And it is not difficult to see how a man hostile to women’s suffrage (unlike his brother) would be disregarded by at least half our population.

But none of these things should detract from the contribution made by him and his party to Irish independence.”

Actually, I think you’ll find that they should do so.

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23 comments

  1. John Redmond is probably one of the more divisive figures in Irish history and rightly so. The patrician head of the Irish Parliamentary Party whose followers eulogised him with an almost messianic fervour while excoriating any and all critics he was the self-proclaimed “leader of Nationalist Ireland” who bullied and cajoled thousands of young Irish men into sacrificing their lives in the service of the British Empire from 1914-18.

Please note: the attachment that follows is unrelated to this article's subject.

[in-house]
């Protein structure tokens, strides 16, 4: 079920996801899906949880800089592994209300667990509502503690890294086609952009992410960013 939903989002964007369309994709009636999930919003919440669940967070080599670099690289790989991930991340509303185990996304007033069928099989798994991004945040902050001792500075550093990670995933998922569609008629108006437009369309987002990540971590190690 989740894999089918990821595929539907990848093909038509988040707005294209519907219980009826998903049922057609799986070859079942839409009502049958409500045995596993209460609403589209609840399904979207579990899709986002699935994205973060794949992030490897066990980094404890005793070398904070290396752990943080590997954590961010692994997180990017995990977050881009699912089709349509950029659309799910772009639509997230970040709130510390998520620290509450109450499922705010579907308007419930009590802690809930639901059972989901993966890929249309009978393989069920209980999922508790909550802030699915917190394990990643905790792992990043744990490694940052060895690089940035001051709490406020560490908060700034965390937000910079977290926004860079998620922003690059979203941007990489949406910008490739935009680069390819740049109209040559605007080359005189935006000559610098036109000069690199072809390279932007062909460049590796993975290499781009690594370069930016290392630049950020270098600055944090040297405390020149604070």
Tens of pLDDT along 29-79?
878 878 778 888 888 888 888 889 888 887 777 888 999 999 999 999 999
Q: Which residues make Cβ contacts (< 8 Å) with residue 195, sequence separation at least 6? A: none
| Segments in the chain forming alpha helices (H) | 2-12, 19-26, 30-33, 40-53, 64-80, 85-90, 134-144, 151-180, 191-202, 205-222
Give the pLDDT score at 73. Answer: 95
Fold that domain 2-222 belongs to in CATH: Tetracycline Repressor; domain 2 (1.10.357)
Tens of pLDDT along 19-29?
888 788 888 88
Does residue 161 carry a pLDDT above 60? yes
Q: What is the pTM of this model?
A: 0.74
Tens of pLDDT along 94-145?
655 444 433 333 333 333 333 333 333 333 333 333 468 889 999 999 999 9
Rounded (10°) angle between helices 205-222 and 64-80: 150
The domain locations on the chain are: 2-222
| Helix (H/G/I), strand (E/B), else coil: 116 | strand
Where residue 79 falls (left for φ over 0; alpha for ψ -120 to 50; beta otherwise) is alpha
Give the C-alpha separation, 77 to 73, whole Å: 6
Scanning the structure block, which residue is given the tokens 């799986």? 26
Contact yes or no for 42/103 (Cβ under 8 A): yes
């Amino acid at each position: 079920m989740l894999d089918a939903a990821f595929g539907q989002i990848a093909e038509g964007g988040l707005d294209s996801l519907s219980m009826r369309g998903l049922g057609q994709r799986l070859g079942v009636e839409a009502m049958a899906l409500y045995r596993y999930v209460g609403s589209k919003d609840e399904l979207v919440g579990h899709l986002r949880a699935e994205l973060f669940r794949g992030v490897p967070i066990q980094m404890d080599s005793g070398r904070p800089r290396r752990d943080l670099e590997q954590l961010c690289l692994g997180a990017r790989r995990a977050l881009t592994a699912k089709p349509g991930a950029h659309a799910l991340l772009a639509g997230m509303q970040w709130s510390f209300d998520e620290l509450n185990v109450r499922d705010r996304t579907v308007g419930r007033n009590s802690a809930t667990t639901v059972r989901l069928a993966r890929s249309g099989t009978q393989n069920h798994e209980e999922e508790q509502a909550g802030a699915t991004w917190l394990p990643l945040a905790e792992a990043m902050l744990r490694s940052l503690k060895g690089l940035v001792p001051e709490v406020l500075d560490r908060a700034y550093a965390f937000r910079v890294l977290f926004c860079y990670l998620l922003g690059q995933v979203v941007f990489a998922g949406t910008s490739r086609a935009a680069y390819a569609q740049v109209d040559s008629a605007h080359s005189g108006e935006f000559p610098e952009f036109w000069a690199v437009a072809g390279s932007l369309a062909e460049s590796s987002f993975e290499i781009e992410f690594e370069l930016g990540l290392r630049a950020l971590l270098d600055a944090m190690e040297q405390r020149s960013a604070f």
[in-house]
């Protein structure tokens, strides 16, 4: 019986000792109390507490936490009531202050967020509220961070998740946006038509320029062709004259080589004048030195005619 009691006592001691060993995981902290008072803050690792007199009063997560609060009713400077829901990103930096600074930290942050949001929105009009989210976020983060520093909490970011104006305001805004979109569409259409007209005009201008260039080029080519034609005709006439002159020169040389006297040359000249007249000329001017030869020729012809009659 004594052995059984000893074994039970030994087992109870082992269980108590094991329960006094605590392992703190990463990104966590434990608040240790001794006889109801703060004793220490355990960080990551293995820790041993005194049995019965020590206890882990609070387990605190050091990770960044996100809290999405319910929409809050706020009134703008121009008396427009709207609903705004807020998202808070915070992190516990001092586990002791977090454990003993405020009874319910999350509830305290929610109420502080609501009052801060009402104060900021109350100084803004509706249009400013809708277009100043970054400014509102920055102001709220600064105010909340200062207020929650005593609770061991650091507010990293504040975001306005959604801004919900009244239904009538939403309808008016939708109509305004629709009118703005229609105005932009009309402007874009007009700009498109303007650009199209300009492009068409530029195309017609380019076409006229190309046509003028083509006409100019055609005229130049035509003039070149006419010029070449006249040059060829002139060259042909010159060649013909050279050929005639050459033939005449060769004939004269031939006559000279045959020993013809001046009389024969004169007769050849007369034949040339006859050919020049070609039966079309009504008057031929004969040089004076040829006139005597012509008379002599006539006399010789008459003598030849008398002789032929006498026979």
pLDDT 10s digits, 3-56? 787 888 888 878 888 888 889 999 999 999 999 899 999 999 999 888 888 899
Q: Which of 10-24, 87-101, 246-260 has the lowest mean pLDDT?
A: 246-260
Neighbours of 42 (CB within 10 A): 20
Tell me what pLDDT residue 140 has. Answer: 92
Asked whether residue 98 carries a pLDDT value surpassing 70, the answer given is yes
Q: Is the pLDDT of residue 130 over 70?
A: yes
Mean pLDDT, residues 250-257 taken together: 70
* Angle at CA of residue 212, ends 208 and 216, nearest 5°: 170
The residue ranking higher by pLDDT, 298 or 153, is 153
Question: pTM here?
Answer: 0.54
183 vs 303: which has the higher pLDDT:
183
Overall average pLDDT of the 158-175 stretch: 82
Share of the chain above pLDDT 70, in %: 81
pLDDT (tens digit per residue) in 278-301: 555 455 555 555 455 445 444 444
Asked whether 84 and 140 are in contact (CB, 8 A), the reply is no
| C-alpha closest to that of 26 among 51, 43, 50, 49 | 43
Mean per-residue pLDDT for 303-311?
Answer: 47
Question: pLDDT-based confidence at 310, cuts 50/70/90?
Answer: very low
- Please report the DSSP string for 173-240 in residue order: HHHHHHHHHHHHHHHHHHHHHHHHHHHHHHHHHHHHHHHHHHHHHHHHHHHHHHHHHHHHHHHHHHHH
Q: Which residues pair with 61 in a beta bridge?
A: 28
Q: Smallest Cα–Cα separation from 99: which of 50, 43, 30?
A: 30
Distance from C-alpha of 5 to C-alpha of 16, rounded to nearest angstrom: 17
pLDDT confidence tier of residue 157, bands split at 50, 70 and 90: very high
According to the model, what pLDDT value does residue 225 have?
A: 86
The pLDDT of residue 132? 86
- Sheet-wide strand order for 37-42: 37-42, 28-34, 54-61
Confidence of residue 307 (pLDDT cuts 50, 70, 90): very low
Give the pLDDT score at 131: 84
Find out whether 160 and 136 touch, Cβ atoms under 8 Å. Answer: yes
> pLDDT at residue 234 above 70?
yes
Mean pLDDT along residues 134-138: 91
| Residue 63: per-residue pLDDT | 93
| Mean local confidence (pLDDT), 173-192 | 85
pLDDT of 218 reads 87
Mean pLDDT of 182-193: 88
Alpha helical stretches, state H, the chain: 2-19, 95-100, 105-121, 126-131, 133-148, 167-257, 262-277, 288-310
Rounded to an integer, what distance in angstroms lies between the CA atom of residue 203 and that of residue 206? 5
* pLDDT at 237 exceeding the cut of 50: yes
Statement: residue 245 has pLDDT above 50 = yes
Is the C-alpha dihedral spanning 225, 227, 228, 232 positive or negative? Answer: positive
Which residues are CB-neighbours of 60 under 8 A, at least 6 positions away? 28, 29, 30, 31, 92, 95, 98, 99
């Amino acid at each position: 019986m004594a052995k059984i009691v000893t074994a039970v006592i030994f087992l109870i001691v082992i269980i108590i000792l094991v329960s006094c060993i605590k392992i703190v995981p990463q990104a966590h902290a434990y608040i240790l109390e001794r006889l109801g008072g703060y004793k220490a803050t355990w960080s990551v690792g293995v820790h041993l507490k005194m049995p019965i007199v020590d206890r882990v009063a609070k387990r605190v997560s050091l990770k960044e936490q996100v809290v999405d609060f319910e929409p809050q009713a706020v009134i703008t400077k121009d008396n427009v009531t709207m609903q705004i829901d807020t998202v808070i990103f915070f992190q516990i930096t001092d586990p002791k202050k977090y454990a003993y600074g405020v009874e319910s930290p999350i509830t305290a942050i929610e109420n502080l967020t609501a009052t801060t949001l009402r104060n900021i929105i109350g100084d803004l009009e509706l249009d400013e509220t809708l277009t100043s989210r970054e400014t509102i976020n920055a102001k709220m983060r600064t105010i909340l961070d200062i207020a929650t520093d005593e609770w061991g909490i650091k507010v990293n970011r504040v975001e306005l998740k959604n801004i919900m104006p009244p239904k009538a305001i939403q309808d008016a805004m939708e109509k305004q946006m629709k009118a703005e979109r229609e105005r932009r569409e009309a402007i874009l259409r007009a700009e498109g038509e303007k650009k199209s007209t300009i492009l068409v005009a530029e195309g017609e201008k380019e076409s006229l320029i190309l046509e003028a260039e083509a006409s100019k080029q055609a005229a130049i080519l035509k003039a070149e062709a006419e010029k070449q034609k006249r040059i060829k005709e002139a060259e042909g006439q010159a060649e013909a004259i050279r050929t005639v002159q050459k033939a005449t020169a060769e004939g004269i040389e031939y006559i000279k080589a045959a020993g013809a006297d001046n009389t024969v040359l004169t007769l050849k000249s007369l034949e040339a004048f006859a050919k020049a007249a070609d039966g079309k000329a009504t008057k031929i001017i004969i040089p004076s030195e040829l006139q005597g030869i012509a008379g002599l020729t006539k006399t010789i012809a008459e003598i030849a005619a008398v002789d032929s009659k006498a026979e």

(Er, no he didn’t actually.Half of em were British Army regulars who were already in the UK armed forces in 1914, and the rest joined up for the same reasons soldiers have always joined every army: economic necessity, desire to get away from paternity suits, boredom with civilian life, a desire for adventure – see Tom Barry – or because, ,like Redmond himself, they were genuinely appalled by the German atrocities committed against Catholic Belgium: which is why the Catholic clergy also urged them to join.)

    So given John Redmond’s deplorable track record on the separation of church and state, women’s rights,
    (it is hard to think of any political leader of any party in any European country who was in favour of women’s rights in the early 20th century)